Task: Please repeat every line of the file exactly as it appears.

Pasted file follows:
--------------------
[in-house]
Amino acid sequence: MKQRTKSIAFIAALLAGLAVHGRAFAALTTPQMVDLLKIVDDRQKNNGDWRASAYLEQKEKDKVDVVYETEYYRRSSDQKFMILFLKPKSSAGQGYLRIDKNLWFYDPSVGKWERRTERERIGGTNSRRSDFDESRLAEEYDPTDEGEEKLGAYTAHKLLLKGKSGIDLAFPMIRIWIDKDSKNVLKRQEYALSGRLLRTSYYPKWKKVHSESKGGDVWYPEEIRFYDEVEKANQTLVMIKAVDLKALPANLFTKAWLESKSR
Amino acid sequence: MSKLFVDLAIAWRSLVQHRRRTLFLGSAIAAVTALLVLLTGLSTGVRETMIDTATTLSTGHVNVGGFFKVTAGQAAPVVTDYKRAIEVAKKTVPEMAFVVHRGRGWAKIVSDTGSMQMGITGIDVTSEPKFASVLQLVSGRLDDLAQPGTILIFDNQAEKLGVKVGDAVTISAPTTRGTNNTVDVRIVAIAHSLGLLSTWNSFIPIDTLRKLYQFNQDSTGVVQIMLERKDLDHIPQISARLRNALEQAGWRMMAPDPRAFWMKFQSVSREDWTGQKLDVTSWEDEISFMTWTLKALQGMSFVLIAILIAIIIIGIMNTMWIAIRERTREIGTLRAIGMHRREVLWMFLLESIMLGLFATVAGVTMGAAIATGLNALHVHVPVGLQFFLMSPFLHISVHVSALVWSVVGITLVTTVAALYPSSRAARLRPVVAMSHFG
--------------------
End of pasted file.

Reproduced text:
[in-house]
Amino acid sequence: MKQRTKSIAFIAALLAGLAVHGRAFAALTTPQMVDLLKIVDDRQKNNGDWRASAYLEQKEKDKVDVVYETEYYRRSSDQKFMILFLKPKSSAGQGYLRIDKNLWFYDPSVGKWERRTERERIGGTNSRRSDFDESRLAEEYDPTDEGEEKLGAYTAHKLLLKGKSGIDLAFPMIRIWIDKDSKNVLKRQEYALSGRLLRTSYYPKWKKVHSESKGGDVWYPEEIRFYDEVEKANQTLVMIKAVDLKALPANLFTKAWLESKSR
Amino acid sequence: MSKLFVDLAIAWRSLVQHRRRTLFLGSAIAAVTALLVLLTGLSTGVRETMIDTATTLSTGHVNVGGFFKVTAGQAAPVVTDYKRAIEVAKKTVPEMAFVVHRGRGWAKIVSDTGSMQMGITGIDVTSEPKFASVLQLVSGRLDDLAQPGTILIFDNQAEKLGVKVGDAVTISAPTTRGTNNTVDVRIVAIAHSLGLLSTWNSFIPIDTLRKLYQFNQDSTGVVQIMLERKDLDHIPQISARLRNALEQAGWRMMAPDPRAFWMKFQSVSREDWTGQKLDVTSWEDEISFMTWTLKALQGMSFVLIAILIAIIIIGIMNTMWIAIRERTREIGTLRAIGMHRREVLWMFLLESIMLGLFATVAGVTMGAAIATGLNALHVHVPVGLQFFLMSPFLHISVHVSALVWSVVGITLVTTVAALYPSSRAARLRPVVAMSHFG